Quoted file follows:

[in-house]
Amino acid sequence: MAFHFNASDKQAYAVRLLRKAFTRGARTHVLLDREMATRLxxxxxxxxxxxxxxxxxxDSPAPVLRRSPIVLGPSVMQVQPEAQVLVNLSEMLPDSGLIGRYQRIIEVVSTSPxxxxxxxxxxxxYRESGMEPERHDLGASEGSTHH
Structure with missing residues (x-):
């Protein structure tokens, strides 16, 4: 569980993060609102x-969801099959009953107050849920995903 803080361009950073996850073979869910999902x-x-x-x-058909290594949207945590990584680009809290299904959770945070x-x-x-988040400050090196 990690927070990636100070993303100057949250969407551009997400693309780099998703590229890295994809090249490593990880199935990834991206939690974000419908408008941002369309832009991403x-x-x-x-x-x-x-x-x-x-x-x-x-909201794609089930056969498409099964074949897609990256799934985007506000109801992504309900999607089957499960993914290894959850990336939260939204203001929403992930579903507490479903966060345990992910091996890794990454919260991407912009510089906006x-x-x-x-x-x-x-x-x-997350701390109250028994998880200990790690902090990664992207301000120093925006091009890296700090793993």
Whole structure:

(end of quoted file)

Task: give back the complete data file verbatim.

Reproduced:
[in-house]
Amino acid sequence: MAFHFNASDKQAYAVRLLRKAFTRGARTHVLLDREMATRLxxxxxxxxxxxxxxxxxxDSPAPVLRRSPIVLGPSVMQVQPEAQVLVNLSEMLPDSGLIGRYQRIIEVVSTSPxxxxxxxxxxxxYRESGMEPERHDLGASEGSTHH
Structure with missing residues (x-):
């Protein structure tokens, strides 16, 4: 569980993060609102x-969801099959009953107050849920995903 803080361009950073996850073979869910999902x-x-x-x-058909290594949207945590990584680009809290299904959770945070x-x-x-988040400050090196 990690927070990636100070993303100057949250969407551009997400693309780099998703590229890295994809090249490593990880199935990834991206939690974000419908408008941002369309832009991403x-x-x-x-x-x-x-x-x-x-x-x-x-909201794609089930056969498409099964074949897609990256799934985007506000109801992504309900999607089957499960993914290894959850990336939260939204203001929403992930579903507490479903966060345990992910091996890794990454919260991407912009510089906006x-x-x-x-x-x-x-x-x-997350701390109250028994998880200990790690902090990664992207301000120093925006091009890296700090793993």
Whole structure: